“[T]he total contract cost (including profit) fewer materials and subcontracting costs is to be compared with all subcontracting costs less the subcontractor’s materials costs.”
Although the text of FAR 52.219 14(c)(2) might be assumed to require a simple comparison of the labor costs of the prime contractor and the labor costs of all of its subcontractors, both the GAO and the Small Business Administration (SBA) have found that a more comprehensive formula is required to find compliance with FAR 52.
COFC FAR Limitations on Subcontracting Rules Analysis — 13 CFR 125.6 and FAR 52.219-14
In Excel Manufacturing Ltd. v. U.S., Case No. 13-361C (July 24, 2013), the Court of Federal Claims decided how to comply with FAR Limitations clause. This case involved a post-award bid protest in which the protestor asserted that the awardee would not perform the requisite amount of work under the supply contract to comply with the clause.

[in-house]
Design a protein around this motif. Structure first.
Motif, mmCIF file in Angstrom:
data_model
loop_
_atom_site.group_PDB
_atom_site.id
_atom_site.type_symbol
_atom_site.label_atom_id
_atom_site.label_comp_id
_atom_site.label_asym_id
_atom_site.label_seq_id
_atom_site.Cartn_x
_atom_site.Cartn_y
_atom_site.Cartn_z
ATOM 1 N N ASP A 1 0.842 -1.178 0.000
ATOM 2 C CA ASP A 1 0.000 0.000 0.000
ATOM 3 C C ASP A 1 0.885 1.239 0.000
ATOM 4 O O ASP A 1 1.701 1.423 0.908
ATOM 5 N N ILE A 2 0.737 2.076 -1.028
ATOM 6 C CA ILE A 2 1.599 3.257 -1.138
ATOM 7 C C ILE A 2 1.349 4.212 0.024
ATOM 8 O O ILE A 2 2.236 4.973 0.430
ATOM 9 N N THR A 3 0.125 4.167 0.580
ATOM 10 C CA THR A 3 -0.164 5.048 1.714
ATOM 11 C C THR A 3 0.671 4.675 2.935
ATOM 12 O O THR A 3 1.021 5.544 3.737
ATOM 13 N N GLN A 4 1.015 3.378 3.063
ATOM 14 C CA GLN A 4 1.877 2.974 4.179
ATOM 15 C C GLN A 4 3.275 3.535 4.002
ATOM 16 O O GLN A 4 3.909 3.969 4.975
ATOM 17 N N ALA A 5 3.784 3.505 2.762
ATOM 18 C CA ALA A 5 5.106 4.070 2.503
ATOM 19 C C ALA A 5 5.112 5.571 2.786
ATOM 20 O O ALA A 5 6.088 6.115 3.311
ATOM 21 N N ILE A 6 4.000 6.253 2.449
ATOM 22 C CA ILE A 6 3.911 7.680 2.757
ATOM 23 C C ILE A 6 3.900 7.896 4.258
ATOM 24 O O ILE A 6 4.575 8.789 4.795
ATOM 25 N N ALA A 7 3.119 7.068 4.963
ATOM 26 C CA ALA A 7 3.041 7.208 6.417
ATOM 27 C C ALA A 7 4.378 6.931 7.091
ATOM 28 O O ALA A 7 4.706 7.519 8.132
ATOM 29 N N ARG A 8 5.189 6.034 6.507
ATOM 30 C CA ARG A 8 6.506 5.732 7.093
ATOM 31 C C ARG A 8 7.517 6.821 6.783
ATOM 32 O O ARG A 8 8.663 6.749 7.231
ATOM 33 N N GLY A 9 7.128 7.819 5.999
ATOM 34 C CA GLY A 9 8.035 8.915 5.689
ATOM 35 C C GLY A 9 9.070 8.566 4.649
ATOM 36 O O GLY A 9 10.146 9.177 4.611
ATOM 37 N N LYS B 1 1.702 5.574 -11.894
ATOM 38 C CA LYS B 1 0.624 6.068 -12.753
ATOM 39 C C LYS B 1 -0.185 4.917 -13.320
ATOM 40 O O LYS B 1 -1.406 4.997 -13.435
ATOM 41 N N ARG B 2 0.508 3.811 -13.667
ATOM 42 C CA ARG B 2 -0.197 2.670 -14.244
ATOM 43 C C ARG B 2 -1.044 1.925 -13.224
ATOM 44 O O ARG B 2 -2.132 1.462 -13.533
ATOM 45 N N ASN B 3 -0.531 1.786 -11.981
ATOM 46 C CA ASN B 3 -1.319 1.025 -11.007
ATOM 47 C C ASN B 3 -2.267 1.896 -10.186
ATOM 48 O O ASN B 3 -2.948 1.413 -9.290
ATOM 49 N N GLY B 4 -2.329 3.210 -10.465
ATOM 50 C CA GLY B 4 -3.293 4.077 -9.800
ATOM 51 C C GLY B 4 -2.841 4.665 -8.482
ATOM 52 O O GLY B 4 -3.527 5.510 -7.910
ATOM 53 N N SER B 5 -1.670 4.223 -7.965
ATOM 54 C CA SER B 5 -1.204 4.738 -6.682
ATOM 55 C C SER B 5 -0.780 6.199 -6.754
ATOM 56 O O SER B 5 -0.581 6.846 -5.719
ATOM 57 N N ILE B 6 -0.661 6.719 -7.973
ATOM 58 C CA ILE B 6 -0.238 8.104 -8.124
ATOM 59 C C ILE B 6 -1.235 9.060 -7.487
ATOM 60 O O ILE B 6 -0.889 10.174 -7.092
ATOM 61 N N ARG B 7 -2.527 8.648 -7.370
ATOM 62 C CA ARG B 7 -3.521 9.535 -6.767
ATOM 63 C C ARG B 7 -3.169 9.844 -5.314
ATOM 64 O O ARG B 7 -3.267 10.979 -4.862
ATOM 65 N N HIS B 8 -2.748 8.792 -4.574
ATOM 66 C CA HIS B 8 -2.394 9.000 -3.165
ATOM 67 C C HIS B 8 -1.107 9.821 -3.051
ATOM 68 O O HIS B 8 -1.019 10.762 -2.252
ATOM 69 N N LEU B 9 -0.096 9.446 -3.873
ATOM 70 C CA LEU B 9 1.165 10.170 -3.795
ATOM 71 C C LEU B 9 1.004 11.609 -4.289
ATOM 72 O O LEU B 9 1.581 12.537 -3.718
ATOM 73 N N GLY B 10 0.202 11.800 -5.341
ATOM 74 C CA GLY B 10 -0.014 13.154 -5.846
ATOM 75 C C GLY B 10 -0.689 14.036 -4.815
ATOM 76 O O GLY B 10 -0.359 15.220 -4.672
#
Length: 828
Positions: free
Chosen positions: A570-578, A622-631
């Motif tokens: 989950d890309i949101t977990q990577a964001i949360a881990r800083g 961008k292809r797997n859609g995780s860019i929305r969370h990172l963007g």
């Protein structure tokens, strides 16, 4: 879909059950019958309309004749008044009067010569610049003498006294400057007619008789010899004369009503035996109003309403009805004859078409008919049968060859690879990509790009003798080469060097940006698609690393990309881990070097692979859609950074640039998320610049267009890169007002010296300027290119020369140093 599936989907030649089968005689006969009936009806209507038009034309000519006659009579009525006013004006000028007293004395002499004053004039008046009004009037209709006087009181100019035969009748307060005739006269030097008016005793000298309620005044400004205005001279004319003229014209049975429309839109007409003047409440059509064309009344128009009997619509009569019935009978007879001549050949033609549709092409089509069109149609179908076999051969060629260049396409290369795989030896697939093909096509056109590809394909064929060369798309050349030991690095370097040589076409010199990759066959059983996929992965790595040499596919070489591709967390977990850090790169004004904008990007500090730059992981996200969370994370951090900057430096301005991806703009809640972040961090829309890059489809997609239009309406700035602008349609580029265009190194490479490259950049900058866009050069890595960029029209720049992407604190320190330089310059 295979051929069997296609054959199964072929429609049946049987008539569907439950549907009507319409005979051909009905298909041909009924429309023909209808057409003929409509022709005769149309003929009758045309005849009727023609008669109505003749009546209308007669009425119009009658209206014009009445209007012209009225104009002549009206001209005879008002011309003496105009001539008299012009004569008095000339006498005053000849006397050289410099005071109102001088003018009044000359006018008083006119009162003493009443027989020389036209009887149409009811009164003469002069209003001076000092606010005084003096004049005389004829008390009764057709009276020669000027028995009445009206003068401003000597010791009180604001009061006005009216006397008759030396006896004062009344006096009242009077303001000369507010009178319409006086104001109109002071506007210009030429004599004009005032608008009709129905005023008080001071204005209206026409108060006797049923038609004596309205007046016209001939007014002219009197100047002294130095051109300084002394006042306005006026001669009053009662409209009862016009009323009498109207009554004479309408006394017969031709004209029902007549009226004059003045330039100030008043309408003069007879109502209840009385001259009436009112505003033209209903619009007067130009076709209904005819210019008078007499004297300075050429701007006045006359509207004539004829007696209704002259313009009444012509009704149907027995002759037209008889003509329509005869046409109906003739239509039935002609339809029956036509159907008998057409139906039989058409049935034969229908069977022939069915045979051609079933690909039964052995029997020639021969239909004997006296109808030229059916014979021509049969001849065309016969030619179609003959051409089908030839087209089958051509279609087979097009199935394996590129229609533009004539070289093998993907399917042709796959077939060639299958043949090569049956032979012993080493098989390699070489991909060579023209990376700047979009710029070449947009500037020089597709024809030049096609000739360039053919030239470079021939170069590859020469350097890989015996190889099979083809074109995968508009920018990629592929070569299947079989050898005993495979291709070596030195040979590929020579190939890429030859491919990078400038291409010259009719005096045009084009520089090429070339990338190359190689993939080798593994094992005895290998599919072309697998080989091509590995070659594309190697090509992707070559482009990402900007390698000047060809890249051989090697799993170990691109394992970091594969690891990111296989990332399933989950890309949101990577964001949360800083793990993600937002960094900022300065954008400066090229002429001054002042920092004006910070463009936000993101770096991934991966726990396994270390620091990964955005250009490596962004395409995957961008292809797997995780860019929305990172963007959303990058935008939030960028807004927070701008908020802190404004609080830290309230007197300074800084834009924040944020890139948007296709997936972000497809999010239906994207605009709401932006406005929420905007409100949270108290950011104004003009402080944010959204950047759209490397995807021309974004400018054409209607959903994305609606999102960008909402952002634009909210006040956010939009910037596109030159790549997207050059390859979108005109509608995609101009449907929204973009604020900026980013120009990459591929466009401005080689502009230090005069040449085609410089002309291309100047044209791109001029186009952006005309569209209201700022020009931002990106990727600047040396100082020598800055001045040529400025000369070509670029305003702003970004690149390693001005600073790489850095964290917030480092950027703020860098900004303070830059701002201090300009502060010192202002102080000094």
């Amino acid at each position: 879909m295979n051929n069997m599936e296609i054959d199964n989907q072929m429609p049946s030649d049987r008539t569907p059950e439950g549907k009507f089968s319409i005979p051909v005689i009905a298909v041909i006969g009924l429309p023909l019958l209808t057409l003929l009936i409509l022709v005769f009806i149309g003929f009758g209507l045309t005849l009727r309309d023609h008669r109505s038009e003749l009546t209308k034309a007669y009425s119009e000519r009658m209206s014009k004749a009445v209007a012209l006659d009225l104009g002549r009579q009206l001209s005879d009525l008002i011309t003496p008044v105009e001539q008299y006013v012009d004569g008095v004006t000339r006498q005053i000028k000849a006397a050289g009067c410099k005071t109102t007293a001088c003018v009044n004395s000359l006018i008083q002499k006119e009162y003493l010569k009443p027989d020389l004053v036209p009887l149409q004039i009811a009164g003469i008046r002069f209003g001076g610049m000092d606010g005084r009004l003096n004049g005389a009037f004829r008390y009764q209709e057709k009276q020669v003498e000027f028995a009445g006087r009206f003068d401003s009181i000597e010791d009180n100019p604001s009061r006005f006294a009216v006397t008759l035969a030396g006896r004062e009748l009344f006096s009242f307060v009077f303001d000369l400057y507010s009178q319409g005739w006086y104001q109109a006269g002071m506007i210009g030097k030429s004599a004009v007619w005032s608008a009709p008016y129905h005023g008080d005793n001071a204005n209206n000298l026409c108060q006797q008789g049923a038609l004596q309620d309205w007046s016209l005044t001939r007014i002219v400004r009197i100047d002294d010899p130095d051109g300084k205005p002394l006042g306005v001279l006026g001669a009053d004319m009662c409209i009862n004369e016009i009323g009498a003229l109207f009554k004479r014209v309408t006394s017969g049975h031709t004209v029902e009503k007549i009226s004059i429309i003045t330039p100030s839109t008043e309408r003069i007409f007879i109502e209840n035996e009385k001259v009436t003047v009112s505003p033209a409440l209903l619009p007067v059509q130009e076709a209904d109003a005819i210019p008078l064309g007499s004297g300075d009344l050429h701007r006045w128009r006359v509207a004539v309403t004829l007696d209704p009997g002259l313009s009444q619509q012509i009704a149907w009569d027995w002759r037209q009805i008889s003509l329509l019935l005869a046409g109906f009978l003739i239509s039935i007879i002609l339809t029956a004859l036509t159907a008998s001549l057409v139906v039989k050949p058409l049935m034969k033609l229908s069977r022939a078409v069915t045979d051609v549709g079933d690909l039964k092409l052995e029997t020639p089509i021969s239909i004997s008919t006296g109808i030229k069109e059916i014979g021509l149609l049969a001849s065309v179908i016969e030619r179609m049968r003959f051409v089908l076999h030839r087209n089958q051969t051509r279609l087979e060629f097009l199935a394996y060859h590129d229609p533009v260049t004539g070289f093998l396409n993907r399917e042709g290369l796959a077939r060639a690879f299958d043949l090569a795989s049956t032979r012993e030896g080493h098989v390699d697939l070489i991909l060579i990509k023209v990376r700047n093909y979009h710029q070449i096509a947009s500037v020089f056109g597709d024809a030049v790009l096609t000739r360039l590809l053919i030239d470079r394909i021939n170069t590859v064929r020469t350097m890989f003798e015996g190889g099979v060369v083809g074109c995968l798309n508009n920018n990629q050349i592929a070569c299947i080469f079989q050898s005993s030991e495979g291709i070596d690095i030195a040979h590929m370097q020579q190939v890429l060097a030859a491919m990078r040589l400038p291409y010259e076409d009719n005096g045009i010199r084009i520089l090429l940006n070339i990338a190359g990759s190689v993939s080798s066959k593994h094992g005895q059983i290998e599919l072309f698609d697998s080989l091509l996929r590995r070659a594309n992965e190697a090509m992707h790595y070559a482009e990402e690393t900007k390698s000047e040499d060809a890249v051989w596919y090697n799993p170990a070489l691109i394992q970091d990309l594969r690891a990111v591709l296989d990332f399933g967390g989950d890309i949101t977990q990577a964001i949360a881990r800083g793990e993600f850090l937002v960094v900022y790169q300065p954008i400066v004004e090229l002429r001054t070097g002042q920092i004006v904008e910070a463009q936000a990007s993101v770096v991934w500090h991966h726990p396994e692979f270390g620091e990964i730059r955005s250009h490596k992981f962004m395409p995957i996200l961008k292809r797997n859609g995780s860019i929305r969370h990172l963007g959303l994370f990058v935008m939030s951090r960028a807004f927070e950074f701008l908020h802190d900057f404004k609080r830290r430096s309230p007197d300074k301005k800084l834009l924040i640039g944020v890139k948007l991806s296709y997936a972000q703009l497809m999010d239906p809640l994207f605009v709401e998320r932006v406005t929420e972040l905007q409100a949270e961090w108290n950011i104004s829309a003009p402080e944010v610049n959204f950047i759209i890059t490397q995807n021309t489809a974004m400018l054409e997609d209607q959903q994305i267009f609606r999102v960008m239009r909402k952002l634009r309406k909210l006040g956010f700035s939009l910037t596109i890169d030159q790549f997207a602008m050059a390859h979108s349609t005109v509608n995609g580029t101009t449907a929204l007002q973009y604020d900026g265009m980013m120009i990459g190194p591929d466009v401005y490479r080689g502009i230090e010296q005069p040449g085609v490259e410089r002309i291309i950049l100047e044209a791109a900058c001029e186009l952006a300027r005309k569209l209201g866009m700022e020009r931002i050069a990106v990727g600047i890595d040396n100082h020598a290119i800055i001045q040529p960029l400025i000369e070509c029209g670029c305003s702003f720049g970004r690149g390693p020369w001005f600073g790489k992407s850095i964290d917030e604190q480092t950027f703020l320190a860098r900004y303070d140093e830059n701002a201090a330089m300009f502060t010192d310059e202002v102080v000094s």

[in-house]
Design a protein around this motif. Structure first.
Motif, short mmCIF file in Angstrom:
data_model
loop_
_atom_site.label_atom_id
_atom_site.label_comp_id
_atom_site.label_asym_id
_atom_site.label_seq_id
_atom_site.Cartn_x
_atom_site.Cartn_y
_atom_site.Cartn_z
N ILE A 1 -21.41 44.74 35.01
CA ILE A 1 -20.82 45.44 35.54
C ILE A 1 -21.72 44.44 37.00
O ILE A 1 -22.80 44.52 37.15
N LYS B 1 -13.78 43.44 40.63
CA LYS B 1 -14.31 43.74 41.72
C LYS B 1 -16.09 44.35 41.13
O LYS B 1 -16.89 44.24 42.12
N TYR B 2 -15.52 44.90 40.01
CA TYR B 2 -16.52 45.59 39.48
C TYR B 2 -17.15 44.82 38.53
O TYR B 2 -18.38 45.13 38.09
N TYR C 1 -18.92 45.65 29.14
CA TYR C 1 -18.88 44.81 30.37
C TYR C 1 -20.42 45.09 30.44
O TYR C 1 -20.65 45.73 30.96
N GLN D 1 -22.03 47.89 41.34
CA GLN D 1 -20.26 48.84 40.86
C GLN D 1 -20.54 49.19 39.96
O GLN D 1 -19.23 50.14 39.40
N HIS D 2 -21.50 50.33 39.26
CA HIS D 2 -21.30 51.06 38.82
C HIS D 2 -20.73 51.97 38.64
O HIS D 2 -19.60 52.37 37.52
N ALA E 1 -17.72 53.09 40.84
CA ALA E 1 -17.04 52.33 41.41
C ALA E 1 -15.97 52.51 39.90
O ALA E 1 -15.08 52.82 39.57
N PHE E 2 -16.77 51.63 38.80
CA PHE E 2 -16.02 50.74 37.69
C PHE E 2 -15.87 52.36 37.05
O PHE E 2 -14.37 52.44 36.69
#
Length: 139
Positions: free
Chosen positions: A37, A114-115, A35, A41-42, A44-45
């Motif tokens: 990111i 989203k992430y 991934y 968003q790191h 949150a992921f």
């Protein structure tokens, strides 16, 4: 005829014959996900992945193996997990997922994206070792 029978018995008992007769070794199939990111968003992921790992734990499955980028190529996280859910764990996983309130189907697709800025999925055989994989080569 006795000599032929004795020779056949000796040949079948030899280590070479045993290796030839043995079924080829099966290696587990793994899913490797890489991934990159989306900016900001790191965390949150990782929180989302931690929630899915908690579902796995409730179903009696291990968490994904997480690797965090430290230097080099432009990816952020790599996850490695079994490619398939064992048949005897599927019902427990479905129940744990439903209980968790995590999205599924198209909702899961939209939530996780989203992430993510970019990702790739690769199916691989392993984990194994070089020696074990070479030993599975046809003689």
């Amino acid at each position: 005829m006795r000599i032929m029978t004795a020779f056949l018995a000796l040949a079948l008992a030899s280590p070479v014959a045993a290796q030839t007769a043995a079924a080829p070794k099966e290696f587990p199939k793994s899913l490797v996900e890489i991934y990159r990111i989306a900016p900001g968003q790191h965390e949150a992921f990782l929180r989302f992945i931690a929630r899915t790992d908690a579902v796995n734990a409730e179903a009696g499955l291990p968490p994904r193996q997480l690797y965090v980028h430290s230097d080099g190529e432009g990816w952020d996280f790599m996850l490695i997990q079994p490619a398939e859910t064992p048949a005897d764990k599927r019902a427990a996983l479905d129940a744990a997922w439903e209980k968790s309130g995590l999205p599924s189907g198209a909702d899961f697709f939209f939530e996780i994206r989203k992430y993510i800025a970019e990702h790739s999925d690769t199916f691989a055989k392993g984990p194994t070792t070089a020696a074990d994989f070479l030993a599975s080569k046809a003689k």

The protestor contended that General & Administrative (“G&A”) and profit should not be considered in determining whether the awardee would comply with the FAR subcontracting limitations contained in the small business Limitations on Subcontract Clause. See also information about FAR 52-219-9.
In the bid protest, the Court of Federal Claims scrutinized the language of the Small Business Limitations on Subcontracting Clause which states that the contractor “shall perform work for at least 50 percent of the cost of manufacturing the supplies, not including the cost of materials.”
Application of Limitations on Subcontracting Rules for Small Business Services Contracts
When it comes to government contracts for services, there is a different application for the Small Business Limitations on Subcontracting Clause. The rules require that for service contracts, calculations apply labor cost. In other words, you should look at the “cost of contract performance” in determining compliance with the FAR clause.